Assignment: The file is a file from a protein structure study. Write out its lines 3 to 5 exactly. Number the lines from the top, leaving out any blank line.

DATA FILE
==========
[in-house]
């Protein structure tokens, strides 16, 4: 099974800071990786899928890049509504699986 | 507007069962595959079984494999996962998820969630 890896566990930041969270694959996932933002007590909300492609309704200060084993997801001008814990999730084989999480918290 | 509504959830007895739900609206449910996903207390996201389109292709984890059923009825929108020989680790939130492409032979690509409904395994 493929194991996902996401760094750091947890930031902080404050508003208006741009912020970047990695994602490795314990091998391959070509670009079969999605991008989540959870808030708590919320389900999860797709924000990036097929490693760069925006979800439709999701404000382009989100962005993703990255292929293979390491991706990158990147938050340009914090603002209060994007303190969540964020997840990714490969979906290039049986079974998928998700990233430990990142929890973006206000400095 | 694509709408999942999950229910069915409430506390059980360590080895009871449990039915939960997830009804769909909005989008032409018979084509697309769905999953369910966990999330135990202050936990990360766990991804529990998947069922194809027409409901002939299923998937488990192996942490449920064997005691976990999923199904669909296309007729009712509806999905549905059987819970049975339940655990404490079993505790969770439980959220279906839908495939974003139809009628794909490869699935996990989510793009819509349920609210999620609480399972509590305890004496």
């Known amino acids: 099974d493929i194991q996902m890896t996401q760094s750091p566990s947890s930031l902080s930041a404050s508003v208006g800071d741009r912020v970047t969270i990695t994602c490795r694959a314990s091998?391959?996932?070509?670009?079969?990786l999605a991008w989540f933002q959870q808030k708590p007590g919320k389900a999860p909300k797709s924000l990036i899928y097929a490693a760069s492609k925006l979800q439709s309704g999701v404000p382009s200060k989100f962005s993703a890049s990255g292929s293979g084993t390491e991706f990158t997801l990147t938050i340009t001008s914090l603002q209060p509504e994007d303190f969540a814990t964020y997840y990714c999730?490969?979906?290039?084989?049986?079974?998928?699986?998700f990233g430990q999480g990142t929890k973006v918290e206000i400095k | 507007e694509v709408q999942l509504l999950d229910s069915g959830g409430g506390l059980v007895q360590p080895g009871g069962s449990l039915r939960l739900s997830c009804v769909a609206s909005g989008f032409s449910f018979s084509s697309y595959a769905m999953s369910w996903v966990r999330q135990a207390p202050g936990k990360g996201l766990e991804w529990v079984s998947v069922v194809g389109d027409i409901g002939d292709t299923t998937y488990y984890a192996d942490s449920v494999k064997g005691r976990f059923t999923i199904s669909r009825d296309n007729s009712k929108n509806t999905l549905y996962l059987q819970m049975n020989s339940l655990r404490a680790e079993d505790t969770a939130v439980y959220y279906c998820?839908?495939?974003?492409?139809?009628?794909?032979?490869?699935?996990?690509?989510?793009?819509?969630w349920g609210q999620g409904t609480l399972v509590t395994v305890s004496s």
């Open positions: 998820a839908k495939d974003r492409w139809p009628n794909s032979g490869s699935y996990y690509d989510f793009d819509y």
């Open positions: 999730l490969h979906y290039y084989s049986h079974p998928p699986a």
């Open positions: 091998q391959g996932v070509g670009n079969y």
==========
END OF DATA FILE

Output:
């Known amino acids: 099974d493929i194991q996902m890896t996401q760094s750091p566990s947890s930031l902080s930041a404050s508003v208006g800071d741009r912020v970047t969270i990695t994602c490795r694959a314990s091998?391959?996932?070509?670009?079969?990786l999605a991008w989540f933002q959870q808030k708590p007590g919320k389900a999860p909300k797709s924000l990036i899928y097929a490693a760069s492609k925006l979800q439709s309704g999701v404000p382009s200060k989100f962005s993703a890049s990255g292929s293979g084993t390491e991706f990158t997801l990147t938050i340009t001008s914090l603002q209060p509504e994007d303190f969540a814990t964020y997840y990714c999730?490969?979906?290039?084989?049986?079974?998928?699986?998700f990233g430990q999480g990142t929890k973006v918290e206000i400095k | 507007e694509v709408q999942l509504l999950d229910s069915g959830g409430g506390l059980v007895q360590p080895g009871g069962s449990l039915r939960l739900s997830c009804v769909a609206s909005g989008f032409s449910f018979s084509s697309y595959a769905m999953s369910w996903v966990r999330q135990a207390p202050g936990k990360g996201l766990e991804w529990v079984s998947v069922v194809g389109d027409i409901g002939d292709t299923t998937y488990y984890a192996d942490s449920v494999k064997g005691r976990f059923t999923i199904s669909r009825d296309n007729s009712k929108n509806t999905l549905y996962l059987q819970m049975n020989s339940l655990r404490a680790e079993d505790t969770a939130v439980y959220y279906c998820?839908?495939?974003?492409?139809?009628?794909?032979?490869?699935?996990?690509?989510?793009?819509?969630w349920g609210q999620g409904t609480l399972v509590t395994v305890s004496s």
């Open positions: 998820a839908k495939d974003r492409w139809p009628n794909s032979g490869s699935y996990y690509d989510f793009d819509y």
């Open positions: 999730l490969h979906y290039y084989s049986h079974p998928p699986a």